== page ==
JAMES C. LYNCH, a general farmer and stock-raiser of the town of Smithfield, has a fine farm of one hundred and forty-six acres, all under a good state of cultivation.
He was born in the town of Eaton at Pratt's Hollow, September 1, 1819. His parents, Terence and Jane (Kern) Lynch, were natives of Ireland, emigrating from there to America in the early part of this century,
presumably in 1801. After landing in New York, Mr. Lynch went first to Albany, where he stopped for a while, thence proceeding to Utica, being employed there for a time in Bagg's Hotel, and subsequently became a clerk in the log store of John C. Devereaux. He was industrious and frugal, and after a few years of steady work saved enough money to buy seventy-five acres of land in Pratt's Hollow. He at once began the work of clearing a farm, and in the course of a few years had a good homestead, which he devoted to
general farming and stock-raising. There both he and his wife spent the remainder of their lives, both dying at the advanced age of seventy-six years. In politics he was a strong Republican. He and his wife reared a family of ten children, four boys and six girls, four of whom are now living: James C., the subject of our sketch; Edward, who lives at Oneida Castle; Mary, who is the wife of R. Combs, of Michigan; and Eleanor, who resides on the old farm.
James C. Lynch, of whom we write, was reared to manhood on the home farm, and early initiated into the mysteries of agriculture. Being the eldest son of a family of ten children, he was early put to hard work, and
ably assisted his father in establishing a home in the wilderness and in cultivating the soil, remaining under the parental roof until twenty-eight years of age, with the exception of two summers when he worked for a neighboring farmer. He was an energetic, industrious young man of thrifty habits, and had accumulated some money during those years of toil. Having sufficient to warrant him in taking a wife and establishing a home of his own, in 1847, on the 27th of April, he was united in marriage to Lucinda Marshall, and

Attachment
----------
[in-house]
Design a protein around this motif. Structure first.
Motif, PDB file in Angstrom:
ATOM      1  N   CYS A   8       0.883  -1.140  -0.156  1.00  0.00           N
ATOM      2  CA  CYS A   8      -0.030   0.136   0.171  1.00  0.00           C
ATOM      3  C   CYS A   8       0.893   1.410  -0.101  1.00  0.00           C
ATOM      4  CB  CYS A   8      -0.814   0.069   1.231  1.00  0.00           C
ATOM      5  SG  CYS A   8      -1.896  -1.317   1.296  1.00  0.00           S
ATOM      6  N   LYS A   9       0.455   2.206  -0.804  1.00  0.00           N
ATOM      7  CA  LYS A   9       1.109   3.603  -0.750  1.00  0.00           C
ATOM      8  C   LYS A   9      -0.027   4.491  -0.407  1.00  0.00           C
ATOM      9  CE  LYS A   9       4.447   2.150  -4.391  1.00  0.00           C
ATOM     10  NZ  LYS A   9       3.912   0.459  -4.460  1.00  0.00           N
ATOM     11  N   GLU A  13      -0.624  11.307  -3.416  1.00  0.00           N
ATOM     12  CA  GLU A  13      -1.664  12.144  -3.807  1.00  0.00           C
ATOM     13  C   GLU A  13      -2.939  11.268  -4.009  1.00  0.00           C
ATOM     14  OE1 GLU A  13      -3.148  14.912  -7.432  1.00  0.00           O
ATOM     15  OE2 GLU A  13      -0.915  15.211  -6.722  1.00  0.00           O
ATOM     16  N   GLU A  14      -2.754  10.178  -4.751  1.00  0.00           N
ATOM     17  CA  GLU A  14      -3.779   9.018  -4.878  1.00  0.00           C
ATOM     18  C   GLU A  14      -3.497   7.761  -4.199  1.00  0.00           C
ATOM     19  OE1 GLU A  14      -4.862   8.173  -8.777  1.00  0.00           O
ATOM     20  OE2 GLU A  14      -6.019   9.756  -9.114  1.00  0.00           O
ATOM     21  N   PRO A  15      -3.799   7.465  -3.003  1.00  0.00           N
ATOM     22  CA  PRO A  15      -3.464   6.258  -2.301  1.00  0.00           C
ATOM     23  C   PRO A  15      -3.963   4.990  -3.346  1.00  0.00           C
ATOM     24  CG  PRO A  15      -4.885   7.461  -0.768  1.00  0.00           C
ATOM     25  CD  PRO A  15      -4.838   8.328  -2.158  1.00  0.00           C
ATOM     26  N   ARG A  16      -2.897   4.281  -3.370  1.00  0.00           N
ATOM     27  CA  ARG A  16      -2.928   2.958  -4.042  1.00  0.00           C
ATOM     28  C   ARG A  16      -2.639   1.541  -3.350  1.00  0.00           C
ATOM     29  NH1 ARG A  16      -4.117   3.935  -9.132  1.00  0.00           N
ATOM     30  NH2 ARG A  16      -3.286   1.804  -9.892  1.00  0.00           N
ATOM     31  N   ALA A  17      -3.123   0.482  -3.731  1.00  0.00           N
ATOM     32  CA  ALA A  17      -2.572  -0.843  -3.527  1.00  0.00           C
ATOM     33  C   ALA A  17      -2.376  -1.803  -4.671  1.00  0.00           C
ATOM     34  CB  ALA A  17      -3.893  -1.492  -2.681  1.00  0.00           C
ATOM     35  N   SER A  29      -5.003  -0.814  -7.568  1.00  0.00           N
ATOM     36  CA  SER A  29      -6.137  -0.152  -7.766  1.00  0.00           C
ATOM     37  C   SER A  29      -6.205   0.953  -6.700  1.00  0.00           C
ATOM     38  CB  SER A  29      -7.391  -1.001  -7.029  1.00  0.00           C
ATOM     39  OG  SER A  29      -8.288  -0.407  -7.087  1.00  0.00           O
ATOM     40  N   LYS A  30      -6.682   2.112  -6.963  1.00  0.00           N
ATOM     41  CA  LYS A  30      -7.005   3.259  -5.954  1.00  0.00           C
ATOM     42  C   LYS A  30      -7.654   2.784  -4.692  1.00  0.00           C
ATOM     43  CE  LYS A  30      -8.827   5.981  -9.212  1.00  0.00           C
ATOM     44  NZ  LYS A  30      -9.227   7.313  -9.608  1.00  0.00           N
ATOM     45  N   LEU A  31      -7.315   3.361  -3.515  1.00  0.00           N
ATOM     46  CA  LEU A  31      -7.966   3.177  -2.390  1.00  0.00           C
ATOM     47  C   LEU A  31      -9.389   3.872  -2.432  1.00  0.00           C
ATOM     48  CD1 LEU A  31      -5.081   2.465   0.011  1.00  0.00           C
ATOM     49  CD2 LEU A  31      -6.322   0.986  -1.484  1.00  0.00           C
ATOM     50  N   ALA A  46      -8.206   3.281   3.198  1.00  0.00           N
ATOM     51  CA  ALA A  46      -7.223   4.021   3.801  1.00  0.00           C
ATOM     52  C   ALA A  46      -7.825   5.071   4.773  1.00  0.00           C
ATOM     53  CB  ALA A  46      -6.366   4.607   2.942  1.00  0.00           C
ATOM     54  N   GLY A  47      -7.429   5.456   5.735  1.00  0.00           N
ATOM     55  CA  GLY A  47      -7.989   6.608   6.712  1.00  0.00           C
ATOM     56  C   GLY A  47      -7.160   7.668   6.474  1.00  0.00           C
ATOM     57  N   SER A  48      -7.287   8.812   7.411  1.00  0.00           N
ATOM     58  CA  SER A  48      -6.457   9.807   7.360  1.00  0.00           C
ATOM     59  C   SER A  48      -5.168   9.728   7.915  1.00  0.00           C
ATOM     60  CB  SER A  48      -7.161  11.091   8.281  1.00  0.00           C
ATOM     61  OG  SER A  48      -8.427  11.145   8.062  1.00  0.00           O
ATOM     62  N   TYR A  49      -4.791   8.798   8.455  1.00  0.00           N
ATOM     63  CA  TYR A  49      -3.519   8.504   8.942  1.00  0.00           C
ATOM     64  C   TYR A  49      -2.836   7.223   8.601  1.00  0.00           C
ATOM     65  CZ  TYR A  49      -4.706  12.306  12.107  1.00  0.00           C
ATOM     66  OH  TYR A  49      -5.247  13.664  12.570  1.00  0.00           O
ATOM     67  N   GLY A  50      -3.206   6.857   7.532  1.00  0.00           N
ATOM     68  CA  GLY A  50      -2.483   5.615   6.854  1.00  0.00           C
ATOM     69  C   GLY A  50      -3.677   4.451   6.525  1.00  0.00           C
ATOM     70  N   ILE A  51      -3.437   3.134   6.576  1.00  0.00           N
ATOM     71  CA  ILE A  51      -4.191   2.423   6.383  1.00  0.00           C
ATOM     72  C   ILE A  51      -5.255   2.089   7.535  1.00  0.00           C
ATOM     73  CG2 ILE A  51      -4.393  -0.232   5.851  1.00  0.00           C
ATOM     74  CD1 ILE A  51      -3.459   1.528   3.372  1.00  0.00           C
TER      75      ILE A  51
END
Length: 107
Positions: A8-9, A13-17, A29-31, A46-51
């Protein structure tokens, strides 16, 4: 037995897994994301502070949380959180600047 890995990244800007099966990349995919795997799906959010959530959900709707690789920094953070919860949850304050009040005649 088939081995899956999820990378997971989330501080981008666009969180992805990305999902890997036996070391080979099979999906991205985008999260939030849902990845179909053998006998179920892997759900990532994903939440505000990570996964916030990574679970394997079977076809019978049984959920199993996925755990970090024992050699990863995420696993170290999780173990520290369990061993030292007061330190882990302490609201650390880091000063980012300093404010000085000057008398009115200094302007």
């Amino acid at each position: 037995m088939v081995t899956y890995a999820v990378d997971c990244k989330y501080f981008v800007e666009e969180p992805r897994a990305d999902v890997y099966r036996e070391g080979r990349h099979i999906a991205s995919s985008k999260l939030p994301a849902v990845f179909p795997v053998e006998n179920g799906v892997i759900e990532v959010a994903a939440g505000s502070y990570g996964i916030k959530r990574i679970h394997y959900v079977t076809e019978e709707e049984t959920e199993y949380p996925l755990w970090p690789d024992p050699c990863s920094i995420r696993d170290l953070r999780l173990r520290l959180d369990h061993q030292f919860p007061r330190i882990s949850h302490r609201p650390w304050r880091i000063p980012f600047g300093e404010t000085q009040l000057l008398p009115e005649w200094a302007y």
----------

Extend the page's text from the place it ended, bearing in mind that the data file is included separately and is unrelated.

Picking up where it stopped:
the same year bought the farm where he now resides. Their wedded life was of short duration, his wife dying January 8, 1852, leaving him with two young children. On March 22, 1854, Mr. Lynch married Maria Abbott, who survived but a few years, her death occurring August 3, 1863. Of this marriage four sons were born. Mr. Lynch was again married February 6, 1865, taking for a wife Mrs. Hannah M. Eddy, a native of Oneida County and widow of the late Harvey Eddy. Of the six children in his family, our subject has only four now living, as follows: Lucinda, who lives in Pratt's Hollow; Terence, who lives in Fenner; James C., who is a widower with two children,--May and Eva,--and resides with his father; and Lafayette, who lives on a part of the homestead, is married, and has two children,--Ernest and Early.
Mr. Lynch is a man of much ability, a progressive and enterprising agriculturist, and by his untiring energy and application has made life a success in every respect. In politics he is a steadfast Republican, and has served as Highway Commissioner for six years.
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